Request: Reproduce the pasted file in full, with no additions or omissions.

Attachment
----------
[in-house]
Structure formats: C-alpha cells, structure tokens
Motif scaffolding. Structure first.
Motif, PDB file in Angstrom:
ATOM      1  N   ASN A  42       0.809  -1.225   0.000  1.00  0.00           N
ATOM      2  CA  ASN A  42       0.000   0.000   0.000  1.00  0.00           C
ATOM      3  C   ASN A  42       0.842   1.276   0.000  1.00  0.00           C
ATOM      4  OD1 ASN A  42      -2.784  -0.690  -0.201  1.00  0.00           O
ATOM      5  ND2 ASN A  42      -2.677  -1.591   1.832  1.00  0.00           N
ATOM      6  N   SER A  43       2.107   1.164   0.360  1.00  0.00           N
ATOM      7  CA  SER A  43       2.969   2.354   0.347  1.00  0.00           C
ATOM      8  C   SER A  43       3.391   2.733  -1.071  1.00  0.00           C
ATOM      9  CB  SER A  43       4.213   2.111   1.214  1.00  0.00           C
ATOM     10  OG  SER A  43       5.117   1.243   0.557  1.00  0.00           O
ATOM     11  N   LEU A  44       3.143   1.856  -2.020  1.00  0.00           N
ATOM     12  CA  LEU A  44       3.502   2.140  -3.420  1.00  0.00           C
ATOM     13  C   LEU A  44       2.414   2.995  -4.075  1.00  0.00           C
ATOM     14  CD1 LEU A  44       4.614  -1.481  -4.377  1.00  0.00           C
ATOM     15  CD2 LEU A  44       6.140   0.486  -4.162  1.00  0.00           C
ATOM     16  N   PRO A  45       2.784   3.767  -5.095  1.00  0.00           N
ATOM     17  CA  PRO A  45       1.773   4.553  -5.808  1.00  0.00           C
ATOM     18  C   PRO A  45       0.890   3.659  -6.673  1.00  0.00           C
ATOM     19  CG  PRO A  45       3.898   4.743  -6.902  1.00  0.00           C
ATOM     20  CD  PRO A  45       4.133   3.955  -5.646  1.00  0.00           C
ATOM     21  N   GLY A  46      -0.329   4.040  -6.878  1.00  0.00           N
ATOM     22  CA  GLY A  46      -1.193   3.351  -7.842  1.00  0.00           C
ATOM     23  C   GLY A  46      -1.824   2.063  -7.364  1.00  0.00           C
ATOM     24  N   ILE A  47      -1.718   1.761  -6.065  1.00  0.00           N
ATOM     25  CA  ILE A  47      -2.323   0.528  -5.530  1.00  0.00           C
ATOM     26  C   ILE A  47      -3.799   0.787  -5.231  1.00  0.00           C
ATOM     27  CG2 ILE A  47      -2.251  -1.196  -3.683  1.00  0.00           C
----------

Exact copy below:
[in-house]
Structure formats: C-alpha cells, structure tokens
Motif scaffolding. Structure first.
Motif, PDB file in Angstrom:
ATOM      1  N   ASN A  42       0.809  -1.225   0.000  1.00  0.00           N
ATOM      2  CA  ASN A  42       0.000   0.000   0.000  1.00  0.00           C
ATOM      3  C   ASN A  42       0.842   1.276   0.000  1.00  0.00           C
ATOM      4  OD1 ASN A  42      -2.784  -0.690  -0.201  1.00  0.00           O
ATOM      5  ND2 ASN A  42      -2.677  -1.591   1.832  1.00  0.00           N
ATOM      6  N   SER A  43       2.107   1.164   0.360  1.00  0.00           N
ATOM      7  CA  SER A  43       2.969   2.354   0.347  1.00  0.00           C
ATOM      8  C   SER A  43       3.391   2.733  -1.071  1.00  0.00           C
ATOM      9  CB  SER A  43       4.213   2.111   1.214  1.00  0.00           C
ATOM     10  OG  SER A  43       5.117   1.243   0.557  1.00  0.00           O
ATOM     11  N   LEU A  44       3.143   1.856  -2.020  1.00  0.00           N
ATOM     12  CA  LEU A  44       3.502   2.140  -3.420  1.00  0.00           C
ATOM     13  C   LEU A  44       2.414   2.995  -4.075  1.00  0.00           C
ATOM     14  CD1 LEU A  44       4.614  -1.481  -4.377  1.00  0.00           C
ATOM     15  CD2 LEU A  44       6.140   0.486  -4.162  1.00  0.00           C
ATOM     16  N   PRO A  45       2.784   3.767  -5.095  1.00  0.00           N
ATOM     17  CA  PRO A  45       1.773   4.553  -5.808  1.00  0.00           C
ATOM     18  C   PRO A  45       0.890   3.659  -6.673  1.00  0.00           C
ATOM     19  CG  PRO A  45       3.898   4.743  -6.902  1.00  0.00           C
ATOM     20  CD  PRO A  45       4.133   3.955  -5.646  1.00  0.00           C
ATOM     21  N   GLY A  46      -0.329   4.040  -6.878  1.00  0.00           N
ATOM     22  CA  GLY A  46      -1.193   3.351  -7.842  1.00  0.00           C
ATOM     23  C   GLY A  46      -1.824   2.063  -7.364  1.00  0.00           C
ATOM     24  N   ILE A  47      -1.718   1.761  -6.065  1.00  0.00           N
ATOM     25  CA  ILE A  47      -2.323   0.528  -5.530  1.00  0.00           C
ATOM     26  C   ILE A  47      -3.799   0.787  -5.231  1.00  0.00           C
ATOM     27  CG2 ILE A  47      -2.251  -1.196  -3.683  1.00  0.00           C